Makes you want to go home and look in that family Bible your grandmother gave you for your wedding doesn’t it?

In the book of Isaiah God speaks. “For as the rain and the snow come down from heaven and do not return until they have watered the earth…so shall my Word that goes out from my mouth…not return empty, but shall accomplish that which I purpose, and succeed in the things for which I sent it.” God’s word is loose in the world, working to accomplish God’s purpose. In today’s reading from the second letter to Timothy, the Apostle Paul declares, “…the word of God is not chained.”

Every Sunday we come into worship and gather around the unchained word of God, to hear it read, hear it preached, and here it set to music, giving us a vision for the living of our days.

The Bible is a collection of 66 books, written, edited and rewritten over a period of thousands of years. The authors drew on a diverse range of creative ways – prose, poetry, myths, letters, even an extended love song – to describe their experience of God. But the subject is always the same: the relationship between God’s people and their God.

From the majestic opening words of Genesis, “In the beginning when God created the heavens and the earth,” to the hopeful vision of the closing words of Revelation, “See, the home of God is among mortals…he will wipe away every tear from their eyes. Death will be no more; mourning and crying and pain will be no more, for the first things have passed away,” the Bible tells a story in which we can find ourselves.

It is a testimony to the spiritual power of the Bible, that though it was written so long ago in a very different time and place, it continues to speak personally to us today.

The Bible comforts us in our need. On 9/11, out of the bewilderment of such a tragedy, the palmist’s words…“God is our refuge and strength, a very present help in trouble. Therefore we will not fear, though the earth should change, though the mountains shake in the heart of the sea; though its waters roar and foam, though the mountains tremble with its tumult.”…took on a powerful, immediate meaning we needed to hear.

The Bible also challenges us in our need. Like a good friend, it does not always tell us what we want to hear – but what we need to hear. Jesus said, “Judge not, lest you be judged….Why do you see the speck of sawdust in your neighbor’s eye, but do not notice the log in your own eye?”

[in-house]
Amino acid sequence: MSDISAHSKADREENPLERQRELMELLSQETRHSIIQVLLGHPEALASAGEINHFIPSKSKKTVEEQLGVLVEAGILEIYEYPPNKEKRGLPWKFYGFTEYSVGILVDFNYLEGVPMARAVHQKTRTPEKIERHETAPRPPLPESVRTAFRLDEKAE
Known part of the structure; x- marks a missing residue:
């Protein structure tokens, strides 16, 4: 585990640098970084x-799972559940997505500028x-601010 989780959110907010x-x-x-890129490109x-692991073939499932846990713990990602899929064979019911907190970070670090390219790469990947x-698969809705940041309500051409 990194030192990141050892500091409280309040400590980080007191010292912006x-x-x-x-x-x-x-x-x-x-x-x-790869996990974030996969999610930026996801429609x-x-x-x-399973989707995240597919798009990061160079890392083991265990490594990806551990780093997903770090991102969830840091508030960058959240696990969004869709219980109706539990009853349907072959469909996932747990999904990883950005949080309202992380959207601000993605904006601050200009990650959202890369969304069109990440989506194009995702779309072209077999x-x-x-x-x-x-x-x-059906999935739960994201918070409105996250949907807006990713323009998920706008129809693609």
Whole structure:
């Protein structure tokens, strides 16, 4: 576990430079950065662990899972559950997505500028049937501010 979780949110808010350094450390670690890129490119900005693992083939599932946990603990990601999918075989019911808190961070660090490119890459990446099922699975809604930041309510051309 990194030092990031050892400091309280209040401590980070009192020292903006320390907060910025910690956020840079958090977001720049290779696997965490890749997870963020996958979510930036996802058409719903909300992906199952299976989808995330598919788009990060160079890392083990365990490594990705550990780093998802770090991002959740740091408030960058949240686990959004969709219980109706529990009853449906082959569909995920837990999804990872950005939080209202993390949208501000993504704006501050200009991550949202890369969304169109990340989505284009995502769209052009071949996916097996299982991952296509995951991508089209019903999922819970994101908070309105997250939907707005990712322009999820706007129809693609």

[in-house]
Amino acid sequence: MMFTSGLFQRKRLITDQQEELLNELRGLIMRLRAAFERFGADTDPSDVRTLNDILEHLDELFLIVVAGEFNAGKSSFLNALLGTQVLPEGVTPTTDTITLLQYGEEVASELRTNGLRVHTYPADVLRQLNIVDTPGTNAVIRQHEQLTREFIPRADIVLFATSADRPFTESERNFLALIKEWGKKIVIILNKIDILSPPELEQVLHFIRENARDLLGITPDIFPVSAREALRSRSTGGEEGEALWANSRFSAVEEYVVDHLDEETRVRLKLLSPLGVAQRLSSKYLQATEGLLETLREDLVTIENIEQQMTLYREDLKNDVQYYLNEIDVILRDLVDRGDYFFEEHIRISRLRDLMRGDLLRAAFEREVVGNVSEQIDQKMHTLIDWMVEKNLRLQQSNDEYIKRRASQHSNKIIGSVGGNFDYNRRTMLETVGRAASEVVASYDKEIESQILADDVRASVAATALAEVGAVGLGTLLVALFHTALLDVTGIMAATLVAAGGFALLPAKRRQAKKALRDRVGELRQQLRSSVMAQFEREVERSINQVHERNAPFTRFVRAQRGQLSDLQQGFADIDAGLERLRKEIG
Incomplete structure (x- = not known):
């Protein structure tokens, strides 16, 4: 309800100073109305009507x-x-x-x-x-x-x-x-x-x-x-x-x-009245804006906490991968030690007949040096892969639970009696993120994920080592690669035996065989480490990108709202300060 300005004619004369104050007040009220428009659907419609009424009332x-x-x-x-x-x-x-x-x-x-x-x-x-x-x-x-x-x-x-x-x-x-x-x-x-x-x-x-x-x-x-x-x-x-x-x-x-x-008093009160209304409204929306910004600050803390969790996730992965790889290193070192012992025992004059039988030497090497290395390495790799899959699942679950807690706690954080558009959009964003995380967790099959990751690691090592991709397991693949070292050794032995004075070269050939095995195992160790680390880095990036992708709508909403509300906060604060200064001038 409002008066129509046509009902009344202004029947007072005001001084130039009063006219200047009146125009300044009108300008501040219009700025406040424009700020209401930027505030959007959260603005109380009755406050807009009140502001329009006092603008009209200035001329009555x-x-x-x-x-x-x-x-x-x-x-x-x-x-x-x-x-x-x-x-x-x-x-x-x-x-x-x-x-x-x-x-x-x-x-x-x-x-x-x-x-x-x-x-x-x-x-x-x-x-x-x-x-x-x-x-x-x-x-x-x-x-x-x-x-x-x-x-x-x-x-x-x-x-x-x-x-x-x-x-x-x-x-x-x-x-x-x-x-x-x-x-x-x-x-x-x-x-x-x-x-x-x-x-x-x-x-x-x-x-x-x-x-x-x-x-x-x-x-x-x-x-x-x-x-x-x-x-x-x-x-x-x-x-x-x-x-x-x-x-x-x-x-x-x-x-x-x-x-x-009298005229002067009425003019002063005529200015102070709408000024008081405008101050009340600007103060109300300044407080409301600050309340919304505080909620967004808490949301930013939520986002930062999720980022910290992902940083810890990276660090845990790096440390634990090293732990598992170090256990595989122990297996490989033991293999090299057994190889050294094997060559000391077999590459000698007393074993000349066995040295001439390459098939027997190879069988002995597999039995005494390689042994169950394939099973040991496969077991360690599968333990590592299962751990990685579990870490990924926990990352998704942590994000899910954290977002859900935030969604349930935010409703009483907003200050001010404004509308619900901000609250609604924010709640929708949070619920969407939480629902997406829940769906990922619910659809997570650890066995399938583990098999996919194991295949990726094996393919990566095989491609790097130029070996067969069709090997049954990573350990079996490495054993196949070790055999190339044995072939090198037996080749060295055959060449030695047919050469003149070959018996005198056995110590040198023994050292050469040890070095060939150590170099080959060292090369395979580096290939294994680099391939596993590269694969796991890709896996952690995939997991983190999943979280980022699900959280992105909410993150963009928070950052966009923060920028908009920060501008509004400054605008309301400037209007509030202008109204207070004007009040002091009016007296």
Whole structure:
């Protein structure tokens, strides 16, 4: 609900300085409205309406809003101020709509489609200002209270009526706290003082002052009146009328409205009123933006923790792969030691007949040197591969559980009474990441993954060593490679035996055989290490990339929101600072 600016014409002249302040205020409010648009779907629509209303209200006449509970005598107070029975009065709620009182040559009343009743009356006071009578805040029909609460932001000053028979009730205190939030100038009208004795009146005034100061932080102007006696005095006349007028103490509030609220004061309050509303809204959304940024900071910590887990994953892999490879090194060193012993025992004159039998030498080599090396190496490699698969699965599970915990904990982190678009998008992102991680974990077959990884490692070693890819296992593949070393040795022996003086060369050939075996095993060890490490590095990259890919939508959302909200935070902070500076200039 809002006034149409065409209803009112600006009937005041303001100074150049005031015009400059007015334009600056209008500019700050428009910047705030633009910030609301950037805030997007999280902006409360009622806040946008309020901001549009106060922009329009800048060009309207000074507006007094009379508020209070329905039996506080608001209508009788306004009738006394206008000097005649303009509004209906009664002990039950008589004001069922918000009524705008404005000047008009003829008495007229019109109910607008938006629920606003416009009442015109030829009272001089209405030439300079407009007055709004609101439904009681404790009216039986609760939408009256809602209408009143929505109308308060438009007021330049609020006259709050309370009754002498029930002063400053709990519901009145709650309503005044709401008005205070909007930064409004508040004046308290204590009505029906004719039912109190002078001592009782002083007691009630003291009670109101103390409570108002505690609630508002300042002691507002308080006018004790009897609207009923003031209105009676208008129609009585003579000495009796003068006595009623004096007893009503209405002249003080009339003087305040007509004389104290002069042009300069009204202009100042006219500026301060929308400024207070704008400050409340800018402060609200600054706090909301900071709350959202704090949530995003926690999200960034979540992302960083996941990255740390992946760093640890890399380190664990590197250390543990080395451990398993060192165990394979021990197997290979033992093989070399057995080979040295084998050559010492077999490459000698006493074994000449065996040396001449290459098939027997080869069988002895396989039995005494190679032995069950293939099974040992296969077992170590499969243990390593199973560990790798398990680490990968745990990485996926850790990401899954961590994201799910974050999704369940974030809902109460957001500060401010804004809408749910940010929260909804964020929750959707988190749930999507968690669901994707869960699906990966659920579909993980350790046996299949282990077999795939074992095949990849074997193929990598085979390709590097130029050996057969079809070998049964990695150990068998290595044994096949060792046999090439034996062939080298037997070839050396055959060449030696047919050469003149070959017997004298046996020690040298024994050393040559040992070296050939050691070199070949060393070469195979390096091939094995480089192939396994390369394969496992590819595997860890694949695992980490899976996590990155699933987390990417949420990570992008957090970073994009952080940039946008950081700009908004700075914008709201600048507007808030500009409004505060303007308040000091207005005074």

The Bible is complex and diverse in what it has to say – not nearly so clear and unambiguous as some would have it.

You’ve seen the bumper sticker that declares: “The Bible says it – and that’s that!” But if you read the Bible you soon discover that it is not that simple. For example, in Paul’s first letter to Timothy, he writes, “I desire then. . .that women should dress themselves modestly and decently in suitable clothing, not with their hair braided, or with gold, pearls, or expensive clothes…let a woman learn in silence with full submission…permit no woman to teach or have authority over a man.” Is “that-that” then? If so, then many of the women sitting here in church today are violating this scripture, and ministers like Jane Lionberger and Sarah Garcia have no place in the leadership of the church. However, were you to turn to another letter of Paul, you find something altogether different. In Galatians, Paul writes, “…in Christ Jesus you are all children of God through faith…there is no longer Jew or Greek, no longer slave or free, there is no longer male or female, for you are all one in Christ Jesus.” All one in Christ. What do you think? Between these two passages, which that is that?